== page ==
Thursday, March 17, 2011

In Which My Inner Fantasy Nerd Escapes

“We were in the business of mutual amusement, and we were reasonably prosperous.” - Paper Towns

I said I'd write a post about Bones, but then I realized there isn't really much to say about it other than that it has great characters. So then I was thinking about why I love it so much if the plots are predictable and traditional (there is a murder which is solved by the end of the episode. Pretty straightforward.) And I believe I have an answer.

I was originally thinking about this a month or so ago when watching the recording of an award ceremony for books published in 2010 with which a few of my friends were involved. Someone asked what they believed the most important element of a book was. The most common answer was "characters."

Which makes total sense, even though you expect it to be plot without really knowing why. 
It's like asking "Which matters more to you: the events in your life, or the people involved?"

Well, I don't plan on getting married simply for the sake of being married. I plan on getting married because I want to spend the rest of my life with said person. And I bet the vast majority (if not all) of you feel the same.
Would you trade your best friend for a different best friend? Of course not. You don't love him/her because he/she is your best friend. He/she is your best friend because you love him/her. (either that or because he/she is your only friend, but...)

So there it is for life. And in books, it's the same. It doesn't matter how flawed the plot is (to a degree, of course) if you're spending the time with some awesome characters-- and that's the main issue with my current manuscript. The plot is alright. The world is cool. But I despise both of the protagonists.

And that's why I love Bones. The characters-- not the plot. (And it's funny.)

Now, characters taking the front seat, if you have some fantastic world in which your story is set, I will pretty much fall in love with your book. I don't mean a world in which I'd want to live, necessarily. I definitely don't want to live in Matched's society, or the London Below of Neil Gaiman's Neverwhere, but those worlds are so complete-- so vivid-- so real--that they carry with them an entire atmosphere around with them. 

Think about it. None of the Super Bestsellers Of Sci-fi/Fantasy that I can think of made it big because of plot or characters.

Take Harry Potter. Great plot and characters, sure. But my six year-old self didn't become obsessed with it because of that. I wanted to go to Hogwarts.

Star Wars. Characters are alright. Plot is straight-forward. Why do people love it? Jedi are so freaking cool. They want to use the Force. They want to wear tunics and robes and be knights with spaceships.

Lord of the Rings certainly didn't gain popularity from being well-written or having engaging characters or a well-paced plot. Until the movies came out, it survived on the sheer comprehensiveness and novelty of Middle Earth. Elves. Dwarves. Hobbits. Wizards. Giant Demon Bad Guys in towers with legions of monsters to do their bidding.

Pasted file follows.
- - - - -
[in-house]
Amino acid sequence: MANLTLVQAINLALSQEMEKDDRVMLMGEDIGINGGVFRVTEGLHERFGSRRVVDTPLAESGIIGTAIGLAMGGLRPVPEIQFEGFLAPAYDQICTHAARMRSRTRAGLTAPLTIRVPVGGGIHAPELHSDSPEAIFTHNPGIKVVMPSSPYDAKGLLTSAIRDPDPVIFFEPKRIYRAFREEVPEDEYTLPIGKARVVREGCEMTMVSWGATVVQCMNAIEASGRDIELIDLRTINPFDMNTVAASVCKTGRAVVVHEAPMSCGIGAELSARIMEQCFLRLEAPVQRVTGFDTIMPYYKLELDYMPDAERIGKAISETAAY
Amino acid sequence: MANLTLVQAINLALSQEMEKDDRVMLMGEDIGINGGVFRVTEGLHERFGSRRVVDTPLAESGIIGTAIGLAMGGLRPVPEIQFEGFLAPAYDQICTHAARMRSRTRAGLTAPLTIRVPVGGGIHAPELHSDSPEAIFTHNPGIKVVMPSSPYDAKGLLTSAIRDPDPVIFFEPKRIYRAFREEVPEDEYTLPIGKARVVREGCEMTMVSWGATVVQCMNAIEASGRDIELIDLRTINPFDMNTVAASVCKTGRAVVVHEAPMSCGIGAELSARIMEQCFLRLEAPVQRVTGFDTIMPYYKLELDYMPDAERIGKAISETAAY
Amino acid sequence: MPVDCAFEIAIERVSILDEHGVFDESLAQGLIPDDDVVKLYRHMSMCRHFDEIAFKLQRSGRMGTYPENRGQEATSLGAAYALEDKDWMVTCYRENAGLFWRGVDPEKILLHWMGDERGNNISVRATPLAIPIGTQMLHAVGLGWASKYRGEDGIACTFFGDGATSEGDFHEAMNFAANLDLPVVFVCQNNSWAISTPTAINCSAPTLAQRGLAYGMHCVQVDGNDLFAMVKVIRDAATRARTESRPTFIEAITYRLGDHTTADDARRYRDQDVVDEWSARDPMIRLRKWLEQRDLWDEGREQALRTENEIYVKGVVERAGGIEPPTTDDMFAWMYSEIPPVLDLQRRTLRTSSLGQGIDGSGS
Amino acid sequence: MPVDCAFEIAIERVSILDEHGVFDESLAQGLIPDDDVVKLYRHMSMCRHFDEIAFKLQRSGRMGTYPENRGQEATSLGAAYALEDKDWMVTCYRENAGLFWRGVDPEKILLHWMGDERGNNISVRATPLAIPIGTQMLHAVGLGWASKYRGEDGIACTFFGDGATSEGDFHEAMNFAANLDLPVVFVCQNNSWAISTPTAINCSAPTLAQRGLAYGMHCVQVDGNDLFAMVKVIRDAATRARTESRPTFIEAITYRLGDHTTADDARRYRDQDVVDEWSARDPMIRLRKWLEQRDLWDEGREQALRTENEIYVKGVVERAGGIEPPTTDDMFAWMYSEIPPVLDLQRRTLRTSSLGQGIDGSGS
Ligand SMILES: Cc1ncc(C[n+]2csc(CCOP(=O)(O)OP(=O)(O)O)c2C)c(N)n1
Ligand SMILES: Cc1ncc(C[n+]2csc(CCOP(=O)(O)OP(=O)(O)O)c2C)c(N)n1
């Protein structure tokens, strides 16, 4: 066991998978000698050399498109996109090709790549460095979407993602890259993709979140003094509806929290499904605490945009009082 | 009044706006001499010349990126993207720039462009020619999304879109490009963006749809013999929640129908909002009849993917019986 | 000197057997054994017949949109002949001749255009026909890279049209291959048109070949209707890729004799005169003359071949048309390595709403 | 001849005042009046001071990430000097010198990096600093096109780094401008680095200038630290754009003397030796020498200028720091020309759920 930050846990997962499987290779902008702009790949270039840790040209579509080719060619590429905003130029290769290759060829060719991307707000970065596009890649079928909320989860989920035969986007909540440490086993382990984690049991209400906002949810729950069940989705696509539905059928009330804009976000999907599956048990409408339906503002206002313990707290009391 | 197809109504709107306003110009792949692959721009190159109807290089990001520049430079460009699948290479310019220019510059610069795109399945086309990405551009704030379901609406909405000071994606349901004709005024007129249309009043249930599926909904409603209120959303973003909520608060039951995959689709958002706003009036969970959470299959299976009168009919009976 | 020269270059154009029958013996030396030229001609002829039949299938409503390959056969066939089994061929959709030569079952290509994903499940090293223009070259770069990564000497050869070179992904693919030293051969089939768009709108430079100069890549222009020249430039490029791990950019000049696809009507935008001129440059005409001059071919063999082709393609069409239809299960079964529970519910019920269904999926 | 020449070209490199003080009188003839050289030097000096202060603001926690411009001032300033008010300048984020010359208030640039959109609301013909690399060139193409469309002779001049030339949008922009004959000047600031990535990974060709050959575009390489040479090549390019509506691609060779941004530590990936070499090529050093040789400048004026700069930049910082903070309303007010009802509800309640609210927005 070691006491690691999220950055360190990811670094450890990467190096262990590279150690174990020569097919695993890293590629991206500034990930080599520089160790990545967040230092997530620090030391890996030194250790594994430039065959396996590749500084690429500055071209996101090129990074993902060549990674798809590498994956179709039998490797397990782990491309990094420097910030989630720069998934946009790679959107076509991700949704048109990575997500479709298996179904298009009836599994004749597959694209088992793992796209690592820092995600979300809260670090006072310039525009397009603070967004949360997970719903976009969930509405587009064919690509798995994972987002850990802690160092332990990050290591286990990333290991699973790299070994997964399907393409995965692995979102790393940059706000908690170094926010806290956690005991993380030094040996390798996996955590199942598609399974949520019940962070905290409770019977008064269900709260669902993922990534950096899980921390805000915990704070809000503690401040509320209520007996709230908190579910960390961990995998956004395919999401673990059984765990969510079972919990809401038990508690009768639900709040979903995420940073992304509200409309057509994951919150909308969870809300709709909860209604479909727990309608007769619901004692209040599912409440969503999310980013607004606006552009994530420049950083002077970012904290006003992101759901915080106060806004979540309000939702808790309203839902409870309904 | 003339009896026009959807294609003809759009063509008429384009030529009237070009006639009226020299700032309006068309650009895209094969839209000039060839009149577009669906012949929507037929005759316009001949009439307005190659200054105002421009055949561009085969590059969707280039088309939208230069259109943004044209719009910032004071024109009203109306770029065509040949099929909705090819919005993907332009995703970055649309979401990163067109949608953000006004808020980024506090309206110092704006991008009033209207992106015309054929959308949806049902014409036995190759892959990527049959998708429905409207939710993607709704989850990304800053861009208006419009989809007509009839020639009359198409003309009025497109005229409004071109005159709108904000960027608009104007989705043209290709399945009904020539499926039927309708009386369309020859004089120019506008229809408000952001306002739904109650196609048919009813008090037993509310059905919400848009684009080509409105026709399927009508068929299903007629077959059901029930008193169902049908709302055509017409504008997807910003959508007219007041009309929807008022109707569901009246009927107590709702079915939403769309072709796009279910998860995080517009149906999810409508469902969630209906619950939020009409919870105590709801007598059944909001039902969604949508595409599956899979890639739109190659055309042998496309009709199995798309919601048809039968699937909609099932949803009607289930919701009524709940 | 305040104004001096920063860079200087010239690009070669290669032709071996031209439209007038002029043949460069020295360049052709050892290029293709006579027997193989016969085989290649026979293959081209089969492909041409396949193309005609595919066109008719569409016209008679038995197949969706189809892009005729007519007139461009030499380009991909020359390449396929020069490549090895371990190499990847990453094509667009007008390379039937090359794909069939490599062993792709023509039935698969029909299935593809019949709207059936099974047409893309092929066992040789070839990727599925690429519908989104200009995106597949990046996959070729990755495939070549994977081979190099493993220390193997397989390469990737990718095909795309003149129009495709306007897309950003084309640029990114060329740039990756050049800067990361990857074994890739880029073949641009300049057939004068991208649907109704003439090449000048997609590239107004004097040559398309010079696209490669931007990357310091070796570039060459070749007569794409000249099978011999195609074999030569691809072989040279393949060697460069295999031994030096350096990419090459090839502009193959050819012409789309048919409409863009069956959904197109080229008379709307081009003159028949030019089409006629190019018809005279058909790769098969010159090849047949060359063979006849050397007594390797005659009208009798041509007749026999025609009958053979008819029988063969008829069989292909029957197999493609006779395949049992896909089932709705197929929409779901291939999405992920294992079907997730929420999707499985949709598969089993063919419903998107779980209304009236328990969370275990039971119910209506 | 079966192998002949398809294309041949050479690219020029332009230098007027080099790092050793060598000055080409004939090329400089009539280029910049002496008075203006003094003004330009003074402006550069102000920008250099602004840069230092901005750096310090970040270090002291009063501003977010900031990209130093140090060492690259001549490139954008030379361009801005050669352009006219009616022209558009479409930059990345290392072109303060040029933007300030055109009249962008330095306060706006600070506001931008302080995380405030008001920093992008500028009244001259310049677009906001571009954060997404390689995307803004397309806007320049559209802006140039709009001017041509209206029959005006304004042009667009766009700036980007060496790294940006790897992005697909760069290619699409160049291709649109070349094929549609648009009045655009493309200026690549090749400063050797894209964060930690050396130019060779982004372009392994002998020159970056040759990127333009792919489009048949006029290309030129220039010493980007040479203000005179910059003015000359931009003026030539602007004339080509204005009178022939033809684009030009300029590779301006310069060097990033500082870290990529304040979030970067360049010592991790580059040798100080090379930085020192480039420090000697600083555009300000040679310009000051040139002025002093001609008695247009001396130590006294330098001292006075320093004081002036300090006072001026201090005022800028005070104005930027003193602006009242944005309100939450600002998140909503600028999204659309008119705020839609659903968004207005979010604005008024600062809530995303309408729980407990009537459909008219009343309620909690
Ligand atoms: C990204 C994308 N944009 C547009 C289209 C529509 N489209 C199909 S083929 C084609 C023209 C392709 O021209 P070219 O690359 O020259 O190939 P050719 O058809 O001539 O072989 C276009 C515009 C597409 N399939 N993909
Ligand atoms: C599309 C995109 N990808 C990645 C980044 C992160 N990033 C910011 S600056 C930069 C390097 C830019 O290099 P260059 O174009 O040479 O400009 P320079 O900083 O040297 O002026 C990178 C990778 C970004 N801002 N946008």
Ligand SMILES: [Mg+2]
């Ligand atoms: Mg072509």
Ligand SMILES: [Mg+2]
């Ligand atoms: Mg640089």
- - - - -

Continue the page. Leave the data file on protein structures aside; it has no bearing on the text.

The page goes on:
Also Eragon, which is basically a combination of the last two: YOU GET TO RIDE A DRAGON AND DO MAGIC! Who cares if it's a rip-off? (critics and people bothered by rip-offs, of course, but you see my point.)

It doesn't matter whether or not the actual events of the stories are interesting. What matters is that the worlds are breeding grounds for daydreams.

And so you see what went on inside my head for most of middle school. I didn't spend every spare minute reading, you idiots. I spent them flying around on my dragon and killing orcs  Urgals because I was a totally freaking awesome elf warrior lady person thing.
(And you think your life was cool.)

So that is why world-building is important. And now you understand all of the people at Star Trek conventions a little bit better.

If your world is such that your readers will fantasize about living in're set. Because they can ignore the annoying characters and become the hero themselves. Some people do this in a healthy balance with everything else, and some do not. But that's the way it is for everything.


  1. Yes, the characters from Bones are amazing. But the interplay between Booth and Brennen in the most recent episode (on Hulu) about people who think everyone needs to choose a side and people who think otherwise nearly inspired a blog post, and still might. I guess what I'm saying is that Bones has some interesting philosophical points, maybe not that often though. But it is funny and has great characters, you are right!

    Anyway, I kind of do think a lot of people get married to get married. Sure, they probably marry the person that they marry because they feel like they love them, but they are looking for somebody to love in the first place because they already want to get married. I could, of course, be wrong about that.

  2. Great post.You're right about how important the characters are.

  3. *the characters and the setting

  4. @Kenny Yes, but I meant more directly just for the sake of it. Marriages without love-- like fathers marrying their daughters off just because that's what you do with daughters, only the daughter is the one doing it, not the father.

    @Gabi Thanks!

  5. I suppose you are right, but if people search for love specifically with the intention to become married, is it that different? Marriage is, in the end, the desired goal, and love is but a means to the end.

  6. I think it is, because there _is_ love involved.


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